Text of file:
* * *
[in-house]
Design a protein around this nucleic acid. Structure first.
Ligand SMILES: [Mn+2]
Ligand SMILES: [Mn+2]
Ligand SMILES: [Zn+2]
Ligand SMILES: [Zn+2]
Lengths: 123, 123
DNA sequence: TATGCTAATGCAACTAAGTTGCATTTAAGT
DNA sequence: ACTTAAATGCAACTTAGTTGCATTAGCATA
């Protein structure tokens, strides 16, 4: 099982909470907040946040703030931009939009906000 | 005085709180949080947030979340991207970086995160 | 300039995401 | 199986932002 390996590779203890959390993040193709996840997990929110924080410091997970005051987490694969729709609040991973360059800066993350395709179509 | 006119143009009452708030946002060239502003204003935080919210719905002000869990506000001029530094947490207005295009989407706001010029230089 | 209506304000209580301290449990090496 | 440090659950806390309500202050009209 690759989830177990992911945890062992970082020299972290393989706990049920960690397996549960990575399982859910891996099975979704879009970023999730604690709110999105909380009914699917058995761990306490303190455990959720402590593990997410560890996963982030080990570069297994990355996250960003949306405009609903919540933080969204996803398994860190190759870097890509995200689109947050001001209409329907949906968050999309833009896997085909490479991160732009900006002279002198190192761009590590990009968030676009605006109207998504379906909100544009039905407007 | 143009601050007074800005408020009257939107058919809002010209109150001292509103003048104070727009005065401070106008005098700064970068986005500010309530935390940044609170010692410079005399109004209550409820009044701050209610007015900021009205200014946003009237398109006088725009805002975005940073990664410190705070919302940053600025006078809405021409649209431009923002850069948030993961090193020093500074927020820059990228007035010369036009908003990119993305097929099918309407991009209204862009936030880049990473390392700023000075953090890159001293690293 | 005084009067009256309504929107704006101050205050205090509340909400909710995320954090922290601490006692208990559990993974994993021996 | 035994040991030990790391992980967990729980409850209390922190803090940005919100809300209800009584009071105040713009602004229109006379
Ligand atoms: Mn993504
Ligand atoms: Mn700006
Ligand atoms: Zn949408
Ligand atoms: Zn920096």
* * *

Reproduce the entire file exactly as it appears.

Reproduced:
[in-house]
Design a protein around this nucleic acid. Structure first.
Ligand SMILES: [Mn+2]
Ligand SMILES: [Mn+2]
Ligand SMILES: [Zn+2]
Ligand SMILES: [Zn+2]
Lengths: 123, 123
DNA sequence: TATGCTAATGCAACTAAGTTGCATTTAAGT
DNA sequence: ACTTAAATGCAACTTAGTTGCATTAGCATA
């Protein structure tokens, strides 16, 4: 099982909470907040946040703030931009939009906000 | 005085709180949080947030979340991207970086995160 | 300039995401 | 199986932002 390996590779203890959390993040193709996840997990929110924080410091997970005051987490694969729709609040991973360059800066993350395709179509 | 006119143009009452708030946002060239502003204003935080919210719905002000869990506000001029530094947490207005295009989407706001010029230089 | 209506304000209580301290449990090496 | 440090659950806390309500202050009209 690759989830177990992911945890062992970082020299972290393989706990049920960690397996549960990575399982859910891996099975979704879009970023999730604690709110999105909380009914699917058995761990306490303190455990959720402590593990997410560890996963982030080990570069297994990355996250960003949306405009609903919540933080969204996803398994860190190759870097890509995200689109947050001001209409329907949906968050999309833009896997085909490479991160732009900006002279002198190192761009590590990009968030676009605006109207998504379906909100544009039905407007 | 143009601050007074800005408020009257939107058919809002010209109150001292509103003048104070727009005065401070106008005098700064970068986005500010309530935390940044609170010692410079005399109004209550409820009044701050209610007015900021009205200014946003009237398109006088725009805002975005940073990664410190705070919302940053600025006078809405021409649209431009923002850069948030993961090193020093500074927020820059990228007035010369036009908003990119993305097929099918309407991009209204862009936030880049990473390392700023000075953090890159001293690293 | 005084009067009256309504929107704006101050205050205090509340909400909710995320954090922290601490006692208990559990993974994993021996 | 035994040991030990790391992980967990729980409850209390922190803090940005919100809300209800009584009071105040713009602004229109006379
Ligand atoms: Mn993504
Ligand atoms: Mn700006
Ligand atoms: Zn949408
Ligand atoms: Zn920096």